Standing in front of Cow Palace in San Francisco, Los Angeles LGBT Center CEO Lorri L. Jean had a big announcement to make: “I am so happy to tell you that the AIDS/LifeCycle is back!”
“We’re all going to be meeting here and starting this seven-day ride,” Jean said in an exuberant video that debuted on Thursday.
The world’s largest single event HIV/AIDS fundraiser will return as an in-person event on June 5–11, 2022. The 545-mile bike ride from San Francisco to Los Angeles benefits the San Francisco AIDS Foundation and the HIV/AIDS-related services of the Center.
“It’s been two years since we all gathered here the last time, and it’s been about 16 months since the COVID pandemic hit, and the world seemed to stop,” Jean said. “But the Foundation couldn’t stop, and the Center couldn’t stop. We had to keep doing our work.”
AIDS/LifeCycle raises important awareness about the ongoing epidemic, in addition to funding critical services such as HIV testings and screenings for other sexually transmitted infections, medical care, prevention services, and more. In addition to the 1.2 million people living with HIV and AIDS in the United States, 1 in 7 people do not know they are living with the disease.
In 2019, ride participants raised more than $16.7 million—the highest fundraising amount in the event’s history. More than 2,200 cyclists pedaled out of Cow Palace on the 26th year of riding to end AIDS with more than 650 volunteer “roadies” supporting them during the journey.
The pandemic forced the 2020 and 2021 rides to be canceled. In their place were virtual fundraising events including the first-ever AIDS/LifeCycle@HOME which raised a total of $8.1 million last year and this year’s TogetheRide which raised $2.6 million.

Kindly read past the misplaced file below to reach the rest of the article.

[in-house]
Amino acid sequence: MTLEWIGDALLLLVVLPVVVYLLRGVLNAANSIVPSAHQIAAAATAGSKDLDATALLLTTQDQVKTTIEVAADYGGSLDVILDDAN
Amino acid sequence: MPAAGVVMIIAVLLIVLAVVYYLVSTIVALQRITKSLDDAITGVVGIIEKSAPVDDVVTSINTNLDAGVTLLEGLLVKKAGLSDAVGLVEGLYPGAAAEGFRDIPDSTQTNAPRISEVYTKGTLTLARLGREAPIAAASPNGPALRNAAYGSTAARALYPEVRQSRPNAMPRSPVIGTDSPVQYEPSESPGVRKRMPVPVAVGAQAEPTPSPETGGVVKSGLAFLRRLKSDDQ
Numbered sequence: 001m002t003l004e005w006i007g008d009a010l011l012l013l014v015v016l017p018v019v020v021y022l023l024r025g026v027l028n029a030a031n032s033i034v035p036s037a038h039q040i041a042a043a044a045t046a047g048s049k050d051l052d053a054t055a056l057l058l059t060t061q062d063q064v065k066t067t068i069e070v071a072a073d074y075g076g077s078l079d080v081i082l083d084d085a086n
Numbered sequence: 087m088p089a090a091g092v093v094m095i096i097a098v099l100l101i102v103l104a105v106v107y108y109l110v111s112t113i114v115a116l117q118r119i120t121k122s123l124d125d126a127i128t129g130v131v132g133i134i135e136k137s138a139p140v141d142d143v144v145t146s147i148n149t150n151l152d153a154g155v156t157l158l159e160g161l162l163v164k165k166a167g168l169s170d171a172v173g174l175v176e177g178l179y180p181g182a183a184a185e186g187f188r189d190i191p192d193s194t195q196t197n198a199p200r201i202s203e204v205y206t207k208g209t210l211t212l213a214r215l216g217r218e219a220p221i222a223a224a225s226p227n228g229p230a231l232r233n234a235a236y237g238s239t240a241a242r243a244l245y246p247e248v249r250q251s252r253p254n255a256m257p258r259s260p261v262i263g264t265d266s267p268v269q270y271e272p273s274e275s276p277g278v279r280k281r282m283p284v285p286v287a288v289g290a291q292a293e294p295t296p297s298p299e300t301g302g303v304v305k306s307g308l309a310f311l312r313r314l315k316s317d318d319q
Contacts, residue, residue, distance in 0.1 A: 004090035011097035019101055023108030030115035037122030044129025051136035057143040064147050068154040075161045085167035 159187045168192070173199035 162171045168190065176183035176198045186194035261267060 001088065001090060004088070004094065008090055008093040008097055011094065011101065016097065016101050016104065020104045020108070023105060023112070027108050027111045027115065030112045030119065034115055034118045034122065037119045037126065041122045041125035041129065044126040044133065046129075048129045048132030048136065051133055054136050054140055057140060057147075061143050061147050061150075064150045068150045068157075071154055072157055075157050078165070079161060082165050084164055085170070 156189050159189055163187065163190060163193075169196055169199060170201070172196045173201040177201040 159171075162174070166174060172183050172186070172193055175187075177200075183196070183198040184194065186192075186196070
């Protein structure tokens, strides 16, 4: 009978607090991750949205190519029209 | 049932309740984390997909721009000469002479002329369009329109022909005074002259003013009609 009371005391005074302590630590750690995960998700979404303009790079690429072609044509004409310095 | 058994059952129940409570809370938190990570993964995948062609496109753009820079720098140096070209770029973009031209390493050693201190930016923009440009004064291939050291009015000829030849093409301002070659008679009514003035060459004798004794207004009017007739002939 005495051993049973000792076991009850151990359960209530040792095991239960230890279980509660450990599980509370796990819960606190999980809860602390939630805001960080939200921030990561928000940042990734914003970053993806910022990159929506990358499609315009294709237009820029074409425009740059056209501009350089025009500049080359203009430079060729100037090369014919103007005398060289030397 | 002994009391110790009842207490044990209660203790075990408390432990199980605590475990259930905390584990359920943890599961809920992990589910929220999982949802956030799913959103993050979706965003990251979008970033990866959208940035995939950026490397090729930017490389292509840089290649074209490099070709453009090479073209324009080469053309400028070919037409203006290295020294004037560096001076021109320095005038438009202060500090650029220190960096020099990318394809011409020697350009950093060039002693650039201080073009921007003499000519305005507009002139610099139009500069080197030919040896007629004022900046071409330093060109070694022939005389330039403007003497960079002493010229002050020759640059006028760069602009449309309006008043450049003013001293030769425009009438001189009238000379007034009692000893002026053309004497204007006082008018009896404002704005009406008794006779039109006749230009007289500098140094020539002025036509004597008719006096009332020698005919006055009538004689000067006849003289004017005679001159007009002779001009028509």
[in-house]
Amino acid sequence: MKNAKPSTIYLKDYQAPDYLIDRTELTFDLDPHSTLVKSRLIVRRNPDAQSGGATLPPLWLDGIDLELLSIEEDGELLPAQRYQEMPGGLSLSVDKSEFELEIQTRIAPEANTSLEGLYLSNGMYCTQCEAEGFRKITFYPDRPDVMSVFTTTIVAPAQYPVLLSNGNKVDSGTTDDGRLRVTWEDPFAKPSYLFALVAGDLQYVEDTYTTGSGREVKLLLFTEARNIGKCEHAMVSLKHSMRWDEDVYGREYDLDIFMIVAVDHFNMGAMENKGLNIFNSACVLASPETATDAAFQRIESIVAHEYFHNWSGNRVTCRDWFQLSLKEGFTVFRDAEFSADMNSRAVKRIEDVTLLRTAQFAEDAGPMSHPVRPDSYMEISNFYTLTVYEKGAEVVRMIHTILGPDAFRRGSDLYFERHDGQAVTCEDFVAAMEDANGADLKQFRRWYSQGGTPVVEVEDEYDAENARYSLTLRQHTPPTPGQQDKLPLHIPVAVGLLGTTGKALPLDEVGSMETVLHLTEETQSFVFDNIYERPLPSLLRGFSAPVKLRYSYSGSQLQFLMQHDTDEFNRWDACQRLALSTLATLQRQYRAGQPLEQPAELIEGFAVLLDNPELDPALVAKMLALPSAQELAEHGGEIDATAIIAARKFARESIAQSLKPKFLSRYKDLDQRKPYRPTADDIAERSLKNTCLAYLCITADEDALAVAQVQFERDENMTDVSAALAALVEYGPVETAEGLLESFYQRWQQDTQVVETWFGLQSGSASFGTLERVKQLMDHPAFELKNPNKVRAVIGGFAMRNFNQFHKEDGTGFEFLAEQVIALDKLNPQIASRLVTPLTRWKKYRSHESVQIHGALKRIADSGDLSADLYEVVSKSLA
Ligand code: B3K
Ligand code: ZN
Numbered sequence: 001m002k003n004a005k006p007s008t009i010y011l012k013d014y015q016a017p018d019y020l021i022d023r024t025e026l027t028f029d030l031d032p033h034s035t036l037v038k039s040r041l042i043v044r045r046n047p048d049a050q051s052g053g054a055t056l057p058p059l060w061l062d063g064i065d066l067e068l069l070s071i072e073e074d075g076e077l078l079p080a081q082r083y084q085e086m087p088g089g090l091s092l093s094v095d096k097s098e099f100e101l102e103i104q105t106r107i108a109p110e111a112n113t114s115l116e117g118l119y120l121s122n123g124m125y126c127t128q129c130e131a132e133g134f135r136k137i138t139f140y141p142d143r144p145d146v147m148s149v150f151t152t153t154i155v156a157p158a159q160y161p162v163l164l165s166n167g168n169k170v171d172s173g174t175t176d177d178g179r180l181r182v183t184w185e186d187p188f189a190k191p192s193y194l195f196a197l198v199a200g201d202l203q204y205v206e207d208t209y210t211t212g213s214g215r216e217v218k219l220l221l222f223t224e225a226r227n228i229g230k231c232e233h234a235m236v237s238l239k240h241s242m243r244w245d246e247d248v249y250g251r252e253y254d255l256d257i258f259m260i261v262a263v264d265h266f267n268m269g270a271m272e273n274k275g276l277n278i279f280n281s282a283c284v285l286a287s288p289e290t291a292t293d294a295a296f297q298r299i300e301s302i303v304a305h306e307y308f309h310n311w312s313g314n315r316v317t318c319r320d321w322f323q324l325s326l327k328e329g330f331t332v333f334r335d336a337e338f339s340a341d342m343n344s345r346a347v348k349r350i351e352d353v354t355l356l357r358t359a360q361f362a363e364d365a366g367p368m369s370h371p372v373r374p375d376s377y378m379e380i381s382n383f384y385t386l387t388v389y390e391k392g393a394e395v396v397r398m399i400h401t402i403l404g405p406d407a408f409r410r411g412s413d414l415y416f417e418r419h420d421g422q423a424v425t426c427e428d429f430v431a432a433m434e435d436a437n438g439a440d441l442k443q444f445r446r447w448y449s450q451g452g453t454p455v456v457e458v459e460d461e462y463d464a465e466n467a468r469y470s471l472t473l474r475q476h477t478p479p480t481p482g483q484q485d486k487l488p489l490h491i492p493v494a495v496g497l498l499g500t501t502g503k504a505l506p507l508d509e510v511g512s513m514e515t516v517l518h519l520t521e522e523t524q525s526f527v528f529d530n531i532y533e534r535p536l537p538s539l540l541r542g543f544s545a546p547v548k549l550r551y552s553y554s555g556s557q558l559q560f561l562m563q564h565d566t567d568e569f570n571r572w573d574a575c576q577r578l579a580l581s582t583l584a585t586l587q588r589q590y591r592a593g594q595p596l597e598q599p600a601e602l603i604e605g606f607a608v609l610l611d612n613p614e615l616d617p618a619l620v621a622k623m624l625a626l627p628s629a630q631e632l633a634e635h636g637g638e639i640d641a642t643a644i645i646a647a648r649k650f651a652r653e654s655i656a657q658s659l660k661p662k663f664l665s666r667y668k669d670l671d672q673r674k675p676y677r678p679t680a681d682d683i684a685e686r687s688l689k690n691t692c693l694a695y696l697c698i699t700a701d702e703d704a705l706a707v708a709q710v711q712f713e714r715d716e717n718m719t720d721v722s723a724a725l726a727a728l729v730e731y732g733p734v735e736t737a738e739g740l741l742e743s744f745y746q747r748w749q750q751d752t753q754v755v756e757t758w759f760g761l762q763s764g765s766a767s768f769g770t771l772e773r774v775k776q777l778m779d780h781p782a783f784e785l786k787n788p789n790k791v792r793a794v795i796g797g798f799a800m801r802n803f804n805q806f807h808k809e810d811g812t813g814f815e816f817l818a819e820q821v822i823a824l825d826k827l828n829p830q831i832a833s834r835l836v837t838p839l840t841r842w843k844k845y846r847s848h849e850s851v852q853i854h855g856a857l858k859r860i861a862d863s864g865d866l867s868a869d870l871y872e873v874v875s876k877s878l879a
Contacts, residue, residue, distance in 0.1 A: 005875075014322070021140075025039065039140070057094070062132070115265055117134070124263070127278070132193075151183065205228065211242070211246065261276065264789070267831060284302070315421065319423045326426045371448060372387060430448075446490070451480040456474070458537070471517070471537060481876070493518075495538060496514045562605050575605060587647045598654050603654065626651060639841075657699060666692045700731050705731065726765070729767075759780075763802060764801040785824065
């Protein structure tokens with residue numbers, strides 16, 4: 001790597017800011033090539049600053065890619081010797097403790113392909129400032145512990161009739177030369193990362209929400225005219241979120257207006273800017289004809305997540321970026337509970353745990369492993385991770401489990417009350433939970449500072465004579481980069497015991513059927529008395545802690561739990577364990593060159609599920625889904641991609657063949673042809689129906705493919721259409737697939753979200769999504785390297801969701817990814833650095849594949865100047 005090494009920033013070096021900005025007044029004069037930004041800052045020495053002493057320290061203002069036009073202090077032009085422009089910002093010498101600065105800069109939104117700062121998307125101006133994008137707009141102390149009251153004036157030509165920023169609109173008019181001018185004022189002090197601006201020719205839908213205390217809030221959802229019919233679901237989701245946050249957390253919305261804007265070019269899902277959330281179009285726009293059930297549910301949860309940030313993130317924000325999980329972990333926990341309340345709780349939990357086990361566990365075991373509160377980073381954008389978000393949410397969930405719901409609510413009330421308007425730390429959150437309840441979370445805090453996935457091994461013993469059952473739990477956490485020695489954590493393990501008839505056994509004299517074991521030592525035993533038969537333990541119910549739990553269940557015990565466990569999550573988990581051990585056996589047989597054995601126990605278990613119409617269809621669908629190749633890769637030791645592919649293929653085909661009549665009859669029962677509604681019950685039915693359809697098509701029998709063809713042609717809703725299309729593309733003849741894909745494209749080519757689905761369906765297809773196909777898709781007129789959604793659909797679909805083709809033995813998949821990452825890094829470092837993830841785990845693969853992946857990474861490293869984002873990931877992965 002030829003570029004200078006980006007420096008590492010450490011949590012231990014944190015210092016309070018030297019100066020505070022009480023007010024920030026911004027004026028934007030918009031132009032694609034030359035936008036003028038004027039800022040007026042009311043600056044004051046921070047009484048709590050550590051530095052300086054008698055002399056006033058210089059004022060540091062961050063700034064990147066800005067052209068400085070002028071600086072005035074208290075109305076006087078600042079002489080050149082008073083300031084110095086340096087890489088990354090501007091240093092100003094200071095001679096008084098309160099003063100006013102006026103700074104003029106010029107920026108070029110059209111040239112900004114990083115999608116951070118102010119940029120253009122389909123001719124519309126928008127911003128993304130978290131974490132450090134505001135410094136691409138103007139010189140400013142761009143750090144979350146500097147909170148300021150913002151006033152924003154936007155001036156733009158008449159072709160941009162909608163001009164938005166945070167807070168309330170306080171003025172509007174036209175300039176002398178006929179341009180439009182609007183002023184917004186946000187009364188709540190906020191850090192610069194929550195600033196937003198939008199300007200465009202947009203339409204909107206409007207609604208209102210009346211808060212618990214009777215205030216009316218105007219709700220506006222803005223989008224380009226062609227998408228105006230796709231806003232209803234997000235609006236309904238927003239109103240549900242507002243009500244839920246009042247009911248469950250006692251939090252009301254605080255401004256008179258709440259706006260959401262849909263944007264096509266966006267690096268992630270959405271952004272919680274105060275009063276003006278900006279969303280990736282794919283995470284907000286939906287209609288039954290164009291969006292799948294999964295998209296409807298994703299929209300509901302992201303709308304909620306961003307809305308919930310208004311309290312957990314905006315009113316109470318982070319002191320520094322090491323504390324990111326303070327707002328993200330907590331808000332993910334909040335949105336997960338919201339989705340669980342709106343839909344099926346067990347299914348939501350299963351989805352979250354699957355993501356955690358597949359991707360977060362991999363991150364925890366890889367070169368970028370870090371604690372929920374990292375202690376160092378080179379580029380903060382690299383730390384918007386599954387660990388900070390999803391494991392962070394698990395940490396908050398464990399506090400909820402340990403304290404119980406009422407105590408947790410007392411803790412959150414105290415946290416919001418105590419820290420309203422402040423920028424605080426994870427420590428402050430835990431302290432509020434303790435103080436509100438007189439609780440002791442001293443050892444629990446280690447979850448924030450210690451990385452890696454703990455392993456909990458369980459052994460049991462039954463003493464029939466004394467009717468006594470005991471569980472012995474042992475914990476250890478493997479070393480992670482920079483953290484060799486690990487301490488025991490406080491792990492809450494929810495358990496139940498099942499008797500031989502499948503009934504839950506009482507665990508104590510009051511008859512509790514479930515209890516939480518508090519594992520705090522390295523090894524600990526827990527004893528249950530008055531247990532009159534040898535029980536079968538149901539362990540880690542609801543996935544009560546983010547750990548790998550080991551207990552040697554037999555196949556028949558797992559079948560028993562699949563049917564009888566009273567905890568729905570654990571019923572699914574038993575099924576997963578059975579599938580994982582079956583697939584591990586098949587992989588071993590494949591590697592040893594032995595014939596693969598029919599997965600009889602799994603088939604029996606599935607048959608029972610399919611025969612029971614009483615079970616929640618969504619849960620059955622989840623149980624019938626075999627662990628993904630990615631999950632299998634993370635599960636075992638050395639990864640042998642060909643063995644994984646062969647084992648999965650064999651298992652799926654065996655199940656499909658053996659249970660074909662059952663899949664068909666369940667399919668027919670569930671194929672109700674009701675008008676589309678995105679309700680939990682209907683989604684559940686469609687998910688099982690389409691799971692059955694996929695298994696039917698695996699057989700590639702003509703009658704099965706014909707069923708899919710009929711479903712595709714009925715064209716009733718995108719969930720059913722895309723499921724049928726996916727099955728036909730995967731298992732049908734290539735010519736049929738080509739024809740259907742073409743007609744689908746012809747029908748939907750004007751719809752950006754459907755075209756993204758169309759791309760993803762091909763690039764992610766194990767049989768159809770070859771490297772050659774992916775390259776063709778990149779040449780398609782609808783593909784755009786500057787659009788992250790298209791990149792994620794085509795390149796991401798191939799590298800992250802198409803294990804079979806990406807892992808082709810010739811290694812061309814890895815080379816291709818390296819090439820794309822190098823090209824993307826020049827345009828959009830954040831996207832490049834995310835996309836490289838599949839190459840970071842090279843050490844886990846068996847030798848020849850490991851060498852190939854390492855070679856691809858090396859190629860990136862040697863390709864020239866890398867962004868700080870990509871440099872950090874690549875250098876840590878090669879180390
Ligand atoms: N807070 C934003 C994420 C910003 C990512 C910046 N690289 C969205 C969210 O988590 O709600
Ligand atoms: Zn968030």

“These services have become even more vital in the communities most impacted by HIV in the years we haven’t been able to gather,” Ride Director Tracy Evans said in the video. “So, it’s time to come together again.”
San Francisco AIDS Foundation Chief Advancement Officer Russell Roybal said the organization did not close its doors for a single day during the pandemic.
“The support of our AIDS/LifeCycle family has helped make it possible,” Roybal said. “Our pursuit for health justice for all continues.”
In Thursday’s nearly five-minute video announcement, participants planning for the 2022 ride expressed their excitement.
“I think there’s no better way to see California than from the seat of a bike on AIDS/LifeCycle,” said Cyclist Zai Divecha.
“You go through all kinds of terrain. It’s strawberry fields, it’s palm trees on the beach, it’s foggy cliffs. It’s just such a beautiful way to see this amazing state.”
Although Jean is excited about the 2022 ride, it’s going to be “a little bittersweet” for her. She is retiring as the Center’s CEO less than a month after the event finishes.
“I can’t wait to see all of you,” she said. “I can’t wait to be back on this journey with you. What I’m most looking forward to is the love.”
Watch AIDS/LifeCycle’s full announcement at bit.ly/ALC2022 and register for the ride, beginning August 18, at aidslifecycle.org!